CT BMD

CT BMD / QCT / Quantitative Computed Tomography or QCT Densitometry are all names used to describe a method of measuring bone density. It is the most accurate method in evaluation of osteoporosis.

Overview

A CT BMD bone density measurement is used to assess osteoporosis in the same way a cholesterol measurement is used for coronary heart disease or blood pressure for stroke. The data is used to measure an important risk factor and determine the necessity, choice and efficacy of therapy. The principle underlying CT BMD is that normal calcified bone will absorb more x-rays than surrounding tissue so that the CT density measurement can be used to measure total bone mass within a sample of tissue.

Preparing for the Procedure

Please bring your referral (letter from your doctor) and your Medicare and/or Pension Health care card with you to your appointment. It is important to bring all previous films relating to the region being imaged.  It is important that you are on time for your appointment to ensure there is sufficient time available to perform the procedure.

You do not need to fast and you are able to drive home following your examination.

Please inform the radiographer if you are, or you suspect you may be, pregnant.

Scanning

The CT BMD examination is performed on our cutting edge CT Scanner takes approximately 5 minutes. An extremely low dose CT scan is performed of the upper lumbar vertebrae and the proximal femur.

Results

The images are evaluated for bone mineral density and any related or incidental findings (vertebral compressions, kidney stones etc.) are noted in the report. The average bone density of the patient is then:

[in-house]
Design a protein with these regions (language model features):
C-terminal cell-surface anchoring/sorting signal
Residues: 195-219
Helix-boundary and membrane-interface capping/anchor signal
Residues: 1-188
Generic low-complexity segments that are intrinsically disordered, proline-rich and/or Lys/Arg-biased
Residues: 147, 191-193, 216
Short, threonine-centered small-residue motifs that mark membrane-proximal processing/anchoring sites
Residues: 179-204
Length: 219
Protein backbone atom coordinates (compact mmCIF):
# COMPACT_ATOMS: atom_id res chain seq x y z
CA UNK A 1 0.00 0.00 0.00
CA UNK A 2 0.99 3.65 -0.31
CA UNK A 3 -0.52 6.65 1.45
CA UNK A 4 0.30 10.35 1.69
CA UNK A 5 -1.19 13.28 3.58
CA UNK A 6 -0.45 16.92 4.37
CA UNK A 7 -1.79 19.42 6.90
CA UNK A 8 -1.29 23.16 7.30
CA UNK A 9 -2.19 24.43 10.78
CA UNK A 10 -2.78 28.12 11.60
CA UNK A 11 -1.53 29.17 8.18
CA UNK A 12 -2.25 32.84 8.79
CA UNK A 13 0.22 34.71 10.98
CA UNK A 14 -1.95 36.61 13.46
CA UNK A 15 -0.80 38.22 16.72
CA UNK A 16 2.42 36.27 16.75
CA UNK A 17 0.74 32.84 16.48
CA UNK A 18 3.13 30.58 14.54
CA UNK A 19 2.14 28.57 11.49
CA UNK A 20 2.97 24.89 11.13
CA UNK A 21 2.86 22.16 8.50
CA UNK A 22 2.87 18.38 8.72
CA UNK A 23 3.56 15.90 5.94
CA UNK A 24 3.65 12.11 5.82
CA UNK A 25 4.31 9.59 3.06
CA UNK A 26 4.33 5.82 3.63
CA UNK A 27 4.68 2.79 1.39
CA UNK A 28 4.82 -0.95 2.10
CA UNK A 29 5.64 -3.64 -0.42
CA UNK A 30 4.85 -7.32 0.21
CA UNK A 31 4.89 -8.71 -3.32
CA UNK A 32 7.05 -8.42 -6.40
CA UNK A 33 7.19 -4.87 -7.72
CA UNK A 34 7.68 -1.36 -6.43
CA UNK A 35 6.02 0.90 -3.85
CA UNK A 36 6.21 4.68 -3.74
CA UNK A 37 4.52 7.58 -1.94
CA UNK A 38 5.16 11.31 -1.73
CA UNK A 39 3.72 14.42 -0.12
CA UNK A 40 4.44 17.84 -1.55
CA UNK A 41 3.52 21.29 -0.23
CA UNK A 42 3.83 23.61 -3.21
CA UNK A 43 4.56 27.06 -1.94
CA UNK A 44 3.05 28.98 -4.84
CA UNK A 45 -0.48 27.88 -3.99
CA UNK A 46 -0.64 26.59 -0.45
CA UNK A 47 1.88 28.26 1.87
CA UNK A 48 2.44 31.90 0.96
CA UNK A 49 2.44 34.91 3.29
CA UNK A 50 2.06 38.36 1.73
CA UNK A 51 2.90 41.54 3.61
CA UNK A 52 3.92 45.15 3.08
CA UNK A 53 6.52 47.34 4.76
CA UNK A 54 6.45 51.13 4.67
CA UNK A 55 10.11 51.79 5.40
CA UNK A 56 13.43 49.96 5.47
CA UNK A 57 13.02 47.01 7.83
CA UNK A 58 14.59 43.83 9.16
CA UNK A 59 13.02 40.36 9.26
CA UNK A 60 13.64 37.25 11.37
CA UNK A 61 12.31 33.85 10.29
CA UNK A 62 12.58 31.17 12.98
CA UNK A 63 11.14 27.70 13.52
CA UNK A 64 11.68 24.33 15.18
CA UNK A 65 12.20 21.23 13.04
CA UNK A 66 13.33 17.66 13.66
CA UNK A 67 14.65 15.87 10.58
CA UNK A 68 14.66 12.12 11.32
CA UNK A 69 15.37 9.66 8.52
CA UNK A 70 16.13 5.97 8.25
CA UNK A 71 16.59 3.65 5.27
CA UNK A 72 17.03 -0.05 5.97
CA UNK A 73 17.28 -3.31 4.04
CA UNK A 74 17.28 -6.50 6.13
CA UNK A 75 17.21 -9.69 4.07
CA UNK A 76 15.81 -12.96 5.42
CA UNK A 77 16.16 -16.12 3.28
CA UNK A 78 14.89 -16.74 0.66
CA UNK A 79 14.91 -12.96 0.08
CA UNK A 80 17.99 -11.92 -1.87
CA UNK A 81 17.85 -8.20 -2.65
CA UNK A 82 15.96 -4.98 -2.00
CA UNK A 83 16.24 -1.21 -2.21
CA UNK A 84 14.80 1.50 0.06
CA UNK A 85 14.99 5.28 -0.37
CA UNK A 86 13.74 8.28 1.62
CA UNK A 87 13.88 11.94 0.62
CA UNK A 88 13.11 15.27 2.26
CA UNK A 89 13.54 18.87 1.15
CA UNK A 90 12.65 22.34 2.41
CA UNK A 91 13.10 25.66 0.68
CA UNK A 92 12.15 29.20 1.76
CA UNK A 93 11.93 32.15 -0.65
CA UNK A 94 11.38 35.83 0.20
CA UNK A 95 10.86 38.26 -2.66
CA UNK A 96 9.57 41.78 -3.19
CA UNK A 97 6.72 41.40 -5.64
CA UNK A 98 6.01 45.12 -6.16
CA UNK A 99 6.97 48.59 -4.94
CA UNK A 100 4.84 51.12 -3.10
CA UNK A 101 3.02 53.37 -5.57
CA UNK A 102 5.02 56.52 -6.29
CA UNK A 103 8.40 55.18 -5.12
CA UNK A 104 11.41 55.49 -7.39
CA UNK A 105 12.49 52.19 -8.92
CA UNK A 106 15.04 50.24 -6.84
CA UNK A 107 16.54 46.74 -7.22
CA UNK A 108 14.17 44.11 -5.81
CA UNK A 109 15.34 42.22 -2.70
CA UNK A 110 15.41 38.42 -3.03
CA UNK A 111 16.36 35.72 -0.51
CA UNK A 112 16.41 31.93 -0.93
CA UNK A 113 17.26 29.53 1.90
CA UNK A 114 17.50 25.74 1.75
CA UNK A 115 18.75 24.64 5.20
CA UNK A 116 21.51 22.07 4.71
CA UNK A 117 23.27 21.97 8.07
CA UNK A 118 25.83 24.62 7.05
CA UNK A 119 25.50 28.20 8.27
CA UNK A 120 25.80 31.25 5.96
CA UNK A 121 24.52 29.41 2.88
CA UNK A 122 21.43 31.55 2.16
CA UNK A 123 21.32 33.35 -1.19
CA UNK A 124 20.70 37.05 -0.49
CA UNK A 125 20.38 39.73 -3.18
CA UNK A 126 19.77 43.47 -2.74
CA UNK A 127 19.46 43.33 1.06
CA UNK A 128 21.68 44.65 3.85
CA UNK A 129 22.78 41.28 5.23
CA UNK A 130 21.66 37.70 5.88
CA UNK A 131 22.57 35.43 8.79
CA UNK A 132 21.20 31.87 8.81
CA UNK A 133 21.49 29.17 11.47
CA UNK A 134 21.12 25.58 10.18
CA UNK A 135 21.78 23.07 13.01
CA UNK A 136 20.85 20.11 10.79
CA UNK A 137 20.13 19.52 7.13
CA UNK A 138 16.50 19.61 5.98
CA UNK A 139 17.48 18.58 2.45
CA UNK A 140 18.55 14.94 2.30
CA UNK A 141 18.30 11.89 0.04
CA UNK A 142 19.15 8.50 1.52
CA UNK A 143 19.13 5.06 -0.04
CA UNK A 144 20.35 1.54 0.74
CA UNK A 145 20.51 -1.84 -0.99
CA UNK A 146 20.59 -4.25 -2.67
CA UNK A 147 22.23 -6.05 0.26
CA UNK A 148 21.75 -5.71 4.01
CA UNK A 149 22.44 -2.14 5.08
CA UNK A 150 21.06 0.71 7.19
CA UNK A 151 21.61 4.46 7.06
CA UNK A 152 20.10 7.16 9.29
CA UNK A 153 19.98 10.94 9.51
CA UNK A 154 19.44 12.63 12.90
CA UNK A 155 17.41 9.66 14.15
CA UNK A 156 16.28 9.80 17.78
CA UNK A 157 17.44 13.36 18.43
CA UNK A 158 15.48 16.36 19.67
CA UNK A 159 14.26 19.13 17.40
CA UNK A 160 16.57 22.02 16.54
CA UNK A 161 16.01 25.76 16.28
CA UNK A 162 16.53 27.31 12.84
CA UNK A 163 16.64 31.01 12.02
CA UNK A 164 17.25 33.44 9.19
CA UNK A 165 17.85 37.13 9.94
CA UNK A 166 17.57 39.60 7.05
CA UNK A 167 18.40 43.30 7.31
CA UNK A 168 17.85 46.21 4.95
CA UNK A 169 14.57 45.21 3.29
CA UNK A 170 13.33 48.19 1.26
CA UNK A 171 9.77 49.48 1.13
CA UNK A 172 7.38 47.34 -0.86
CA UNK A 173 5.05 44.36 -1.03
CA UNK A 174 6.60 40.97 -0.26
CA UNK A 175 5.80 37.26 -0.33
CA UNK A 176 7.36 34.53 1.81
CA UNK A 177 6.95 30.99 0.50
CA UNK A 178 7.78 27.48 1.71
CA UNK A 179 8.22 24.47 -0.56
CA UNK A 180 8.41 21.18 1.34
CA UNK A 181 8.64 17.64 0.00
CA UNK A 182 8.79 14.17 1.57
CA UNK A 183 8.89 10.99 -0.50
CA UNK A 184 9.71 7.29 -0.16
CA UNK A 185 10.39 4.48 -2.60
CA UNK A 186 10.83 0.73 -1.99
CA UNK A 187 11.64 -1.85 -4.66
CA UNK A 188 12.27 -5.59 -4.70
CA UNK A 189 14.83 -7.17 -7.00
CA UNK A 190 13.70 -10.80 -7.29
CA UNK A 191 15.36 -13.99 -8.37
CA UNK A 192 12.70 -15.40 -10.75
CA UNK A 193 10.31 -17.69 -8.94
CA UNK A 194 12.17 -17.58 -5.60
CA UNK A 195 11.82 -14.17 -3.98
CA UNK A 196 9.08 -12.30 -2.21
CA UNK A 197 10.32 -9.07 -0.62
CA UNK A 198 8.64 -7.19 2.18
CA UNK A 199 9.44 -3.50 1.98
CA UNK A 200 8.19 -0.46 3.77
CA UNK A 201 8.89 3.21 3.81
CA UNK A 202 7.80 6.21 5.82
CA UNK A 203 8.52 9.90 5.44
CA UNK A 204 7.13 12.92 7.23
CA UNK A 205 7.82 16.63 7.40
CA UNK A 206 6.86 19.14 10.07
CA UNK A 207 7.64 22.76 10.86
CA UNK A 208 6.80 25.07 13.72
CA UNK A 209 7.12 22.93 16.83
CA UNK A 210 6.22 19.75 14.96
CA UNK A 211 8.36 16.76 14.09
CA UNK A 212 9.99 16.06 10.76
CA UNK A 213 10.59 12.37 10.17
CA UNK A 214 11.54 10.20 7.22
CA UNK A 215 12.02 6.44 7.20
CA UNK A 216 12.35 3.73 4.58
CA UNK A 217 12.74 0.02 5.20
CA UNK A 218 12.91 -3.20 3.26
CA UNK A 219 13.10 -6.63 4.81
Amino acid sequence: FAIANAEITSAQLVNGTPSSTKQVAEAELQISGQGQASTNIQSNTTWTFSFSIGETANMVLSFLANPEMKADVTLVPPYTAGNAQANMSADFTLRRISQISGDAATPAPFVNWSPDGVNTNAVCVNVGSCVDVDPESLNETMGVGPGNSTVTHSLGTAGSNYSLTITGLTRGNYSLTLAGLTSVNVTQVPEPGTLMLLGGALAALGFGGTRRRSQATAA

1. Graphically compared to age and sex matched controls.
  2. Related to a fracture risk threshold below which most compression fractures occur.
  3. Categorised as to prevalence of fractures in a similar age group and bone density.

You may wait while the images are prepared and reported. You can also pick up the films and report at a later time. They can also be provided on CD or electronic transfer to your referring practitioner if requested.

We understand that some patients are anxious about having tests performed. If you do have any questions or concerns, please do not hesitate to ask our staff. Rouse Hill Medical Imaging strongly advises that you return to your referring doctor, in order for your doctor to discuss your CT BMD report with you.

FAQs

How is CT BMD / QCT different from other methods?
CT BMD and DEXA both measure bone density. Bone is a mixture of high-turnover trabecular (spongy) bone and slowly-changing cortical (compact) bone. Unfortunately DEXA measures both these two compartments and also incorrectly includes arterial calcification and bone spurs/osteophytes in the calculation of bone mineral density. Only CT BMD isolates the metabolically-active important trabecular bone for analysis. CT BMD is not only more accurate, it is also much quicker.

Can I have a CT BMD while pregnant or trying to conceive?
CT scanners use x-rays. As x-rays can be harmful to a developing foetus it is important to tell your doctor and our staff prior to the test if you are, or may be pregnant.

Can I have a CT BMD scan while breastfeeding?
You can continue to breastfeed as normal.

How long will the CT BMD scan take?
A CT BMD scan takes 5 minutes.

Can I eat and drive after a CT scan?
You have no restrictions after having a CT scan and can go about your normal activities.

Do I have to take my clothes off for my CT scan?
The radiographer may ask you to change into a gown if required.

Will the radiographer performing my scan tell me what’s wrong?
The radiographer is not qualified to read your x-rays. It is the radiographer’s duty to perform the test and ensure the images are of high quality for the radiologist (specialist doctor) to interpret them.